Allergic contact dermatitis to nickel is a continued health concern internationally. Nickel has been found to be the most prevalent and relevant allergen in tested populations for the last 3 decades. Furthermore, recent data from the North American Contact Dermatitis Group demonstrate positive patch-test reactions to nickel at approximately 19.5% of their tested population and a significant increase in the positivity rates for the last decade (Dermatitis. 2013;24:10–21. J Am Acad Dermatol. 1998;38:911–918). Because of the rise in allergic contact dermatitis rates to nickel, the American Contact Dermatitis Society recognized nickel to be the 2008 Allergen of the Year (J Am Acad Dermatol. 2009;60:1067–1069; Dermatitis. 2008;19:3–8). This article recognizes the importance of nickel avoidance and highlights potential alternatives.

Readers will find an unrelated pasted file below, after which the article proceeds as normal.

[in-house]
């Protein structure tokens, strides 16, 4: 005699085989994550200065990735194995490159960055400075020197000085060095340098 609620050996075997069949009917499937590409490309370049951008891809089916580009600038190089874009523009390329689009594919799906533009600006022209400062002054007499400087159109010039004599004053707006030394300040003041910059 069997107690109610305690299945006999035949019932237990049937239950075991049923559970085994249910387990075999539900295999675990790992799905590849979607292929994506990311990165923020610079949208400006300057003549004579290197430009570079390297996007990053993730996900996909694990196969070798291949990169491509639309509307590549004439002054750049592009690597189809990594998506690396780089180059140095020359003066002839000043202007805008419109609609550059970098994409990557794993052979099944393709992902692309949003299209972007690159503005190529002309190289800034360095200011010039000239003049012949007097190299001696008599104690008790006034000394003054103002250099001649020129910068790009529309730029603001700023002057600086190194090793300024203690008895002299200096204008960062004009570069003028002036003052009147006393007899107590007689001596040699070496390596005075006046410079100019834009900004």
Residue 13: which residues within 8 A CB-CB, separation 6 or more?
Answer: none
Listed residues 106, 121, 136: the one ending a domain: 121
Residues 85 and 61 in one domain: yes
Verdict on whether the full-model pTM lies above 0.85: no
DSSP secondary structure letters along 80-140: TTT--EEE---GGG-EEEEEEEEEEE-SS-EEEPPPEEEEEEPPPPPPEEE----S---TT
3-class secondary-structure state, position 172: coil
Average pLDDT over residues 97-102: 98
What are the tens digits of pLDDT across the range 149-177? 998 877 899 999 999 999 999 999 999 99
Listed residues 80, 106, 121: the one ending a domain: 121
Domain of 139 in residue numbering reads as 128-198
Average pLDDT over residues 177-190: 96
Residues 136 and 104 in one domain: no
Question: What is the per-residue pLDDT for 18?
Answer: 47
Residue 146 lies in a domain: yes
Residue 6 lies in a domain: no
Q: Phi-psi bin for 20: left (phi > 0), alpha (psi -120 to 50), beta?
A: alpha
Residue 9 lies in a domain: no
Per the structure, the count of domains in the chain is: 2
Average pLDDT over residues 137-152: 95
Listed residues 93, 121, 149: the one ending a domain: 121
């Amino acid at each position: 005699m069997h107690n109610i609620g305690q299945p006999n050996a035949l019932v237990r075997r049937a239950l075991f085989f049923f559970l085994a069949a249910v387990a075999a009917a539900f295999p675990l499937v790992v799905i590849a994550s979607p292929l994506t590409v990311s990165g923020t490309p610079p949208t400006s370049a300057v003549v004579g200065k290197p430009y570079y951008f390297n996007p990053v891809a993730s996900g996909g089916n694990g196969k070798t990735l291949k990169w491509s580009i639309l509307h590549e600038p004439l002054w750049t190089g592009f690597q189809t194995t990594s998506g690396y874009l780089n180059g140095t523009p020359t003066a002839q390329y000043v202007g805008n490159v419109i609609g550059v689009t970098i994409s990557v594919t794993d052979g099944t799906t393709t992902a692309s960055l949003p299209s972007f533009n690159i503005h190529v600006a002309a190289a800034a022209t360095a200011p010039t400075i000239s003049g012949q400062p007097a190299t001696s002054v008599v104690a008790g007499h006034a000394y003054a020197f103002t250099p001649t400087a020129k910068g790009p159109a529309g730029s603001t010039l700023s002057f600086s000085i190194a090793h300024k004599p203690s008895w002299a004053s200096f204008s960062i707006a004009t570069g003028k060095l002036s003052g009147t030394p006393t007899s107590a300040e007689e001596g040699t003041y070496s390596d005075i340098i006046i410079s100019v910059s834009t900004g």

From the *Department of Dermatology, St Luke’s-Roosevelt Hospital Center, NewYork, NY; and †Division of Dermatology, University of California, San Diego - Rady Children’s Hospital.
Address reprint requests to Sharon E. Jacob, MD, 3325 La Jolla Village Dr, 111B, San Diego, CA 92161. E-mail: email@example.com.
The authors have no funding or conflicts of interest to declare.